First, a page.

I have found a faith that works - loving works of the people of God,  for the children of God, regardless whether they have signed a statement of faith or said "the Jesus prayer" or confessed their sins or any other man-made limitation on God's grace.  Let this sinner, saved by grace, walk with the-least-of-these on a journey to the Kingdom of God - one that is and always will be a work-in-progress.

/*end sermon-turned-epistle*/

Saturday, June 18, 2011

First things first...

This feels like starting over.

In truth, it's more like a new chapter in an old story....

I started blogging in 2004, after my quest to become an ordained Lutheran minister imploded (for financial reasons, not for any question of orientation). At the time, I had plenty of reasons for being anonymous - and so I actually ended up with two anonymous blogs.

One dealt largely with the recovery of faith and the maintenance of sobriety in a post-seminary, post-church life; the other dealt with the increasing awareness that since the Church Universal didn't want much to do with me, there was no longer any reason to hide my sexual orientation in church closets. (I'm hardly objective in my judgment here, but I truly think there were a number of good pieces scattered among the flotsam and jetsam; some of it may get cross-posted here.)

It is now seven years later. I am a vastly different person than I was, in many ways. I care about some things much, much more than I ever did; and some things I used to think were absolutely central to life and faith now are, well, not so much so.

Back in the wild and crazy 1960's, there were advertisements for a brand of cigarette in the US called Tareytons. The ads featured characters with a blackened eye, supposedly from being hit in the eye by a fist, and their slogan was "Us Tareyton smokers would rather fight than switch."  The images smacked of loyalty and die-hard resistance to change. The "Unswitchables" and "I'd rather fight than switch" became advertising icons of the period.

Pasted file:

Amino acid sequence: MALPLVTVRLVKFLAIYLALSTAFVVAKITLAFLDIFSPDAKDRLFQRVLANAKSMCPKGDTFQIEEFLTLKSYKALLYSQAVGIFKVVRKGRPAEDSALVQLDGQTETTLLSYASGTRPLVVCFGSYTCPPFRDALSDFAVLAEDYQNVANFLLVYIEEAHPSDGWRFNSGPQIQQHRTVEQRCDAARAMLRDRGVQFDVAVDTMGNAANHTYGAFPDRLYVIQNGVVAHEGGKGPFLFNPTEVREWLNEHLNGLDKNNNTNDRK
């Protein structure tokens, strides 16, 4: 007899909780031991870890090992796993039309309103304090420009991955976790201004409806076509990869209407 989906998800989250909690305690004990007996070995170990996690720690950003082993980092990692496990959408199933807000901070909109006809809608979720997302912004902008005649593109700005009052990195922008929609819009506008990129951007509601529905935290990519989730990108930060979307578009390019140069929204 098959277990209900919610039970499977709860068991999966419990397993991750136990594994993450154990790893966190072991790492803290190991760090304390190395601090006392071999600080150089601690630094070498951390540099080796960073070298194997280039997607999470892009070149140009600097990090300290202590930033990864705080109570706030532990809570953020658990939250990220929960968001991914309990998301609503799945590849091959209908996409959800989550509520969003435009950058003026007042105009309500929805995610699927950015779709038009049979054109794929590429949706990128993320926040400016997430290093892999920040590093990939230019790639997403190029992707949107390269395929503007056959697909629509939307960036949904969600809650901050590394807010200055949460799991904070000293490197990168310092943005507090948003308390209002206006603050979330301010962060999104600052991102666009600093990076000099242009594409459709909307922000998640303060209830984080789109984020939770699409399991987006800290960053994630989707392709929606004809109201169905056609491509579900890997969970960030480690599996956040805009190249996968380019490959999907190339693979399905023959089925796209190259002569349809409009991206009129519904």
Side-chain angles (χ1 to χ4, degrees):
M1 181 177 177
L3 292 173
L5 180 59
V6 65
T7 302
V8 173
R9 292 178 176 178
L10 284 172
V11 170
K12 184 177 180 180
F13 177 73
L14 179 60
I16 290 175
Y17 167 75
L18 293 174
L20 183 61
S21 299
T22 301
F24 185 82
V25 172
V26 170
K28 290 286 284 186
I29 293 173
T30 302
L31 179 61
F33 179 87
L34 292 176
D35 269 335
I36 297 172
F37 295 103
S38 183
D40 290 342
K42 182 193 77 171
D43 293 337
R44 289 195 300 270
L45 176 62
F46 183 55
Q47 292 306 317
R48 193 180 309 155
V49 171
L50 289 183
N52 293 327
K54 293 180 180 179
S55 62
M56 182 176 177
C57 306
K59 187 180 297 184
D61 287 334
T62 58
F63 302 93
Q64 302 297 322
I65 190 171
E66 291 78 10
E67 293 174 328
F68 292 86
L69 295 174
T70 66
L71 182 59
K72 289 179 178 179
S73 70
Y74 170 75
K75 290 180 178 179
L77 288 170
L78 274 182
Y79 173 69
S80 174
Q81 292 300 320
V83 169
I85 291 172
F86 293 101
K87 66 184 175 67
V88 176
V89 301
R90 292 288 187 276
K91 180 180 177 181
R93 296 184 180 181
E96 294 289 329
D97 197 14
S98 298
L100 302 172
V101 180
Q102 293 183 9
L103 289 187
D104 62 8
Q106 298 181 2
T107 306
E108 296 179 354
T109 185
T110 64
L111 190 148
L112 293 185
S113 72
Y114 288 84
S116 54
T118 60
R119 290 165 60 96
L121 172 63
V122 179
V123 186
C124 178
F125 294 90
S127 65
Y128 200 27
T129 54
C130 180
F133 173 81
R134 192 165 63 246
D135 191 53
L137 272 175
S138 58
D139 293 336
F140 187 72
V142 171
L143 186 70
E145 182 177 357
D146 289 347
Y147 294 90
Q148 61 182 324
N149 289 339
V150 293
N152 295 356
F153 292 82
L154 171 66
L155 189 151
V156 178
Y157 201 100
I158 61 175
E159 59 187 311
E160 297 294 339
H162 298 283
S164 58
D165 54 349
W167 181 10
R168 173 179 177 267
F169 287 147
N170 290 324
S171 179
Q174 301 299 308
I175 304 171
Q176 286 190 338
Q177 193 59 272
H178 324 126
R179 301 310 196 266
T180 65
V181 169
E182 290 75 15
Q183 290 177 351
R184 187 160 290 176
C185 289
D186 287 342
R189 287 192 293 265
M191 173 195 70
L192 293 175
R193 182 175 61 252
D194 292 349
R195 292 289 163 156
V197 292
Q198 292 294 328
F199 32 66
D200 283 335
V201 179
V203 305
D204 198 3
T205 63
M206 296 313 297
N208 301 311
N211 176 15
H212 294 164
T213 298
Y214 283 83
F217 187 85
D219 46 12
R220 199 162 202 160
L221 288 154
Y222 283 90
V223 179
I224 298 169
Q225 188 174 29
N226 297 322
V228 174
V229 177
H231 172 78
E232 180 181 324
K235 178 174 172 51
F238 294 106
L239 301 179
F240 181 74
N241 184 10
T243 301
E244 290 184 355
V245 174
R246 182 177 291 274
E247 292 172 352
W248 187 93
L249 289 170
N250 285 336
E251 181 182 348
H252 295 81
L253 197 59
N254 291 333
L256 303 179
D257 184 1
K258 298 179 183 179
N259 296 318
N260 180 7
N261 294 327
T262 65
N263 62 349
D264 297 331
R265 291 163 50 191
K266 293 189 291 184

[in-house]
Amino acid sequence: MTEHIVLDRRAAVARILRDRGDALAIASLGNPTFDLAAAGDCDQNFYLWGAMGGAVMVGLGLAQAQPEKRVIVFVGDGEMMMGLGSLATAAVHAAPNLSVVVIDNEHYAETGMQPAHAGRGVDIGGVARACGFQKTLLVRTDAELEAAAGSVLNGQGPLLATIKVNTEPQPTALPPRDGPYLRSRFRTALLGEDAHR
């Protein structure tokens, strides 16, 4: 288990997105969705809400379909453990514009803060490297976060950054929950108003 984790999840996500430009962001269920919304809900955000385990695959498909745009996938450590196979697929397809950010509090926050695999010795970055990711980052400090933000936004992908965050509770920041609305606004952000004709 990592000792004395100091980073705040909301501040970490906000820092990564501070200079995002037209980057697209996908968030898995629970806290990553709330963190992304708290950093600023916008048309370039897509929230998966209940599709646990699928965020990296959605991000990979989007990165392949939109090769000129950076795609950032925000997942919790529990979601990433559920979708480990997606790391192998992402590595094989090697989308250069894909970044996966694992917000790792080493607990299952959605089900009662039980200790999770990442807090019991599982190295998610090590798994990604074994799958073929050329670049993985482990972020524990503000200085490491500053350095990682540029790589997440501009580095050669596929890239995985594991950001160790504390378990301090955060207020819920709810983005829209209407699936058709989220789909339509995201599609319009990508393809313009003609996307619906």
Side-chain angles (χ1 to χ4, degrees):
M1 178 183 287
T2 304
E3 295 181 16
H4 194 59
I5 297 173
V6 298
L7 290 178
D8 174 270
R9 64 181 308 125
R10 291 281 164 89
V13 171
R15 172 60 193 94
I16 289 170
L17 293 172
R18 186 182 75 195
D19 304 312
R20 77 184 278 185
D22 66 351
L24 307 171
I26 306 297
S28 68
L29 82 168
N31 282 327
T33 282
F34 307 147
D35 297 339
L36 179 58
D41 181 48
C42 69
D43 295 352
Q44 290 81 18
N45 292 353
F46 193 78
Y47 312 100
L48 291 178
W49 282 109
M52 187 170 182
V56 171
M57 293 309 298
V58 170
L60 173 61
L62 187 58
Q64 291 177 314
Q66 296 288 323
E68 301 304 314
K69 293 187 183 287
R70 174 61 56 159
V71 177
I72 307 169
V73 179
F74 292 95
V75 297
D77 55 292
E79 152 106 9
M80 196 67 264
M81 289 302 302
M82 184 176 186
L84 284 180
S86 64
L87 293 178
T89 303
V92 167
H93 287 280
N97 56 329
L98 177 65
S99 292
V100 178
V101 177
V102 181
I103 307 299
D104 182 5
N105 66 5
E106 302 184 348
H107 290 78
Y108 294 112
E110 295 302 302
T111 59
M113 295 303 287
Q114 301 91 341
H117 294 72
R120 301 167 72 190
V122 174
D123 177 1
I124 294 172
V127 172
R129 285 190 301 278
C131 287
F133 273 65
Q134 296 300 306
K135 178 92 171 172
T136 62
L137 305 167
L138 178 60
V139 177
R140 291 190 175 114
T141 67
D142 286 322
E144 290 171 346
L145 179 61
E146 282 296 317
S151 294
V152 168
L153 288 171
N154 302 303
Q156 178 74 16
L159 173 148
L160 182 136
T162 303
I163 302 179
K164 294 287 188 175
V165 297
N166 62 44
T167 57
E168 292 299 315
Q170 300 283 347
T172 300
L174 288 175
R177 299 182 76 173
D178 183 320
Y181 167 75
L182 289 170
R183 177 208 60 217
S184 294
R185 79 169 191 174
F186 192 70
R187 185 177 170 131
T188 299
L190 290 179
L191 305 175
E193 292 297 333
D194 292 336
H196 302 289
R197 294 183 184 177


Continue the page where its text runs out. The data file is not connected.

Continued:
It seems that, late in life, I've become the Anti-Tareyton Man - because in many things, I'd much rather switch than fight, these days. For instance: if your church believes that "homosexuality is incompatible with Christian teaching," as much of the United Methodist Church does, good for you. I'm not going to fight you, or join your church with the intention to change it from the inside, or any of that variety of nonsense. The phrase "leave that place and shake the dust off your feet as a testimony against them" comes to mind. I read that piece of Good News somewhere and it sounded like sensible thinking at the time. (It still does.)

The same goes for those who believe the words "journalism at Fox News" is a valid concept (and not simply an oxymoron). Ditto those who still believe in "trickle-down economics," or those who believe that Glenn Beck or Rush Limbaugh really are telling the truth. If you're there, I am almost certain that there is nothing I'm gonna say that's gonna change your mind. (You can tune me out and go someplace that won't annoy you now.)

I am also a product of the 60's, where speaking-up and speaking-out was enshrined as a virtue and a commandment by people like Pete Seeger, Peter Paul & Mary, and a whole lot of protest literature and music. And my experience is that if I try to internalize all of the evil I see and just ignore it, I find myself tied in knots with lots of unpleasant thoughts whirling in my head. That's never a good thing.

So this will be an experiment - writings about life, faith, and sometimes even politics (eeek!). I cannot predict what will come out of this, but I find it particularly appropriate to end this first post with the same prayer that each of my previous blogs began with:

Lord God, you have called your servants to ventures of which we cannot see the ending, by paths as yet untrodden, through perils unknown. Give us faith to go out with good courage, not knowing where we go, but only that your hand is leading us and your love supporting us. Through Jesus Christ our Lord, Amen.   
(Lutheran Book of Worship, page 137)

Amen, indeed.